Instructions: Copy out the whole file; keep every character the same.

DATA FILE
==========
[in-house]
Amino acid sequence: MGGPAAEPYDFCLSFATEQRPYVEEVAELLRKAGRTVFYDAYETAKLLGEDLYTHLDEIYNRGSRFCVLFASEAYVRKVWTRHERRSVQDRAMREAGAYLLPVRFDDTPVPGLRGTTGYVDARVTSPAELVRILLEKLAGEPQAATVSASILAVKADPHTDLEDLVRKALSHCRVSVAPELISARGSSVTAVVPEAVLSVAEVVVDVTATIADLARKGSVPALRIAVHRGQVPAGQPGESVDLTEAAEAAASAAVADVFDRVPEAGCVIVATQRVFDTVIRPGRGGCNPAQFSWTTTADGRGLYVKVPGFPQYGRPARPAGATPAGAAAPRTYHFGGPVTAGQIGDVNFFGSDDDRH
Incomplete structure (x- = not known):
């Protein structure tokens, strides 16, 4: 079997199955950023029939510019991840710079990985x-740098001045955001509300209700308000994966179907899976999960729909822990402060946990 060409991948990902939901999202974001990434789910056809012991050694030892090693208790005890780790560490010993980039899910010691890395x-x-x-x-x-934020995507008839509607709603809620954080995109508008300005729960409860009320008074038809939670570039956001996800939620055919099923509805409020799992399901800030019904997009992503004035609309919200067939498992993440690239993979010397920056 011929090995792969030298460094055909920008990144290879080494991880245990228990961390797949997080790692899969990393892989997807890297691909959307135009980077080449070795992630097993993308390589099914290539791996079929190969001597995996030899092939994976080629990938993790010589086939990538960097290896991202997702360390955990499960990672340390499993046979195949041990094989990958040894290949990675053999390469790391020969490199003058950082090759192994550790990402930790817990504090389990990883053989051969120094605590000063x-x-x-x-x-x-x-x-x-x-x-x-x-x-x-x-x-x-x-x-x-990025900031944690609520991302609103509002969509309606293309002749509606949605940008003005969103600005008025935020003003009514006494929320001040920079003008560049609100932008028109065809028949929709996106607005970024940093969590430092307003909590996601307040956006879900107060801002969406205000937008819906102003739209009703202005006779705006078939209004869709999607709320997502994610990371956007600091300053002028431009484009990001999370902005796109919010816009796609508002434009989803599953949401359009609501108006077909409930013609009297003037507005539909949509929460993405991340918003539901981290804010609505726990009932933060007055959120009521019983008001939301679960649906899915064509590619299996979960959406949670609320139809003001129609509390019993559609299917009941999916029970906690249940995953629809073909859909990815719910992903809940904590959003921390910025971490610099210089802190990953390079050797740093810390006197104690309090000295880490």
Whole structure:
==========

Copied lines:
[in-house]
Amino acid sequence: MGGPAAEPYDFCLSFATEQRPYVEEVAELLRKAGRTVFYDAYETAKLLGEDLYTHLDEIYNRGSRFCVLFASEAYVRKVWTRHERRSVQDRAMREAGAYLLPVRFDDTPVPGLRGTTGYVDARVTSPAELVRILLEKLAGEPQAATVSASILAVKADPHTDLEDLVRKALSHCRVSVAPELISARGSSVTAVVPEAVLSVAEVVVDVTATIADLARKGSVPALRIAVHRGQVPAGQPGESVDLTEAAEAAASAAVADVFDRVPEAGCVIVATQRVFDTVIRPGRGGCNPAQFSWTTTADGRGLYVKVPGFPQYGRPARPAGATPAGAAAPRTYHFGGPVTAGQIGDVNFFGSDDDRH
Incomplete structure (x- = not known):
């Protein structure tokens, strides 16, 4: 079997199955950023029939510019991840710079990985x-740098001045955001509300209700308000994966179907899976999960729909822990402060946990 060409991948990902939901999202974001990434789910056809012991050694030892090693208790005890780790560490010993980039899910010691890395x-x-x-x-x-934020995507008839509607709603809620954080995109508008300005729960409860009320008074038809939670570039956001996800939620055919099923509805409020799992399901800030019904997009992503004035609309919200067939498992993440690239993979010397920056 011929090995792969030298460094055909920008990144290879080494991880245990228990961390797949997080790692899969990393892989997807890297691909959307135009980077080449070795992630097993993308390589099914290539791996079929190969001597995996030899092939994976080629990938993790010589086939990538960097290896991202997702360390955990499960990672340390499993046979195949041990094989990958040894290949990675053999390469790391020969490199003058950082090759192994550790990402930790817990504090389990990883053989051969120094605590000063x-x-x-x-x-x-x-x-x-x-x-x-x-x-x-x-x-x-x-x-x-990025900031944690609520991302609103509002969509309606293309002749509606949605940008003005969103600005008025935020003003009514006494929320001040920079003008560049609100932008028109065809028949929709996106607005970024940093969590430092307003909590996601307040956006879900107060801002969406205000937008819906102003739209009703202005006779705006078939209004869709999607709320997502994610990371956007600091300053002028431009484009990001999370902005796109919010816009796609508002434009989803599953949401359009609501108006077909409930013609009297003037507005539909949509929460993405991340918003539901981290804010609505726990009932933060007055959120009521019983008001939301679960649906899915064509590619299996979960959406949670609320139809003001129609509390019993559609299917009941999916029970906690249940995953629809073909859909990815719910992903809940904590959003921390910025971490610099210089802190990953390079050797740093810390006197104690309090000295880490």
Whole structure: